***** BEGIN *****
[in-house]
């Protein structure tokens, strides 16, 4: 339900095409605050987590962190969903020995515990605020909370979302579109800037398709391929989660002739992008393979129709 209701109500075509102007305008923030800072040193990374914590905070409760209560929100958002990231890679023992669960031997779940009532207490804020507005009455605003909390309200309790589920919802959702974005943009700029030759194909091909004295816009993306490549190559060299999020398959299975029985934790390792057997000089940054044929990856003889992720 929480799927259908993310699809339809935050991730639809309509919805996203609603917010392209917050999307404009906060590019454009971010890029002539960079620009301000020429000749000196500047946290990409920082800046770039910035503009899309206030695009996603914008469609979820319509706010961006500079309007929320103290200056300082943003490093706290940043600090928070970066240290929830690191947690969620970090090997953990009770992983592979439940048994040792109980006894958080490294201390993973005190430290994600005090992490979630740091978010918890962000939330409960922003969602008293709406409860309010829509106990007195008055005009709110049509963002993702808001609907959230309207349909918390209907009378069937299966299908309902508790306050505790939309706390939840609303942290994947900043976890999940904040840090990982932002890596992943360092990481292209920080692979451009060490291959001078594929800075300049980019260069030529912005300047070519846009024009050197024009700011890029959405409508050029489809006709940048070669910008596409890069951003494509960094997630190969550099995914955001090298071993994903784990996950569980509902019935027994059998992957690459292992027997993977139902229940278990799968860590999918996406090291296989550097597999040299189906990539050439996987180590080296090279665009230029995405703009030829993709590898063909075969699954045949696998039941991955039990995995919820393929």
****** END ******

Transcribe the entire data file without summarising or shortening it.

[in-house]
């Protein structure tokens, strides 16, 4: 339900095409605050987590962190969903020995515990605020909370979302579109800037398709391929989660002739992008393979129709 209701109500075509102007305008923030800072040193990374914590905070409760209560929100958002990231890679023992669960031997779940009532207490804020507005009455605003909390309200309790589920919802959702974005943009700029030759194909091909004295816009993306490549190559060299999020398959299975029985934790390792057997000089940054044929990856003889992720 929480799927259908993310699809339809935050991730639809309509919805996203609603917010392209917050999307404009906060590019454009971010890029002539960079620009301000020429000749000196500047946290990409920082800046770039910035503009899309206030695009996603914008469609979820319509706010961006500079309007929320103290200056300082943003490093706290940043600090928070970066240290929830690191947690969620970090090997953990009770992983592979439940048994040792109980006894958080490294201390993973005190430290994600005090992490979630740091978010918890962000939330409960922003969602008293709406409860309010829509106990007195008055005009709110049509963002993702808001609907959230309207349909918390209907009378069937299966299908309902508790306050505790939309706390939840609303942290994947900043976890999940904040840090990982932002890596992943360092990481292209920080692979451009060490291959001078594929800075300049980019260069030529912005300047070519846009024009050197024009700011890029959405409508050029489809006709940048070669910008596409890069951003494509960094997630190969550099995914955001090298071993994903784990996950569980509902019935027994059998992957690459292992027997993977139902229940278990799968860590999918996406090291296989550097597999040299189906990539050439996987180590080296090279665009230029995405703009030829993709590898063909075969699954045949696998039941991955039990995995919820393929």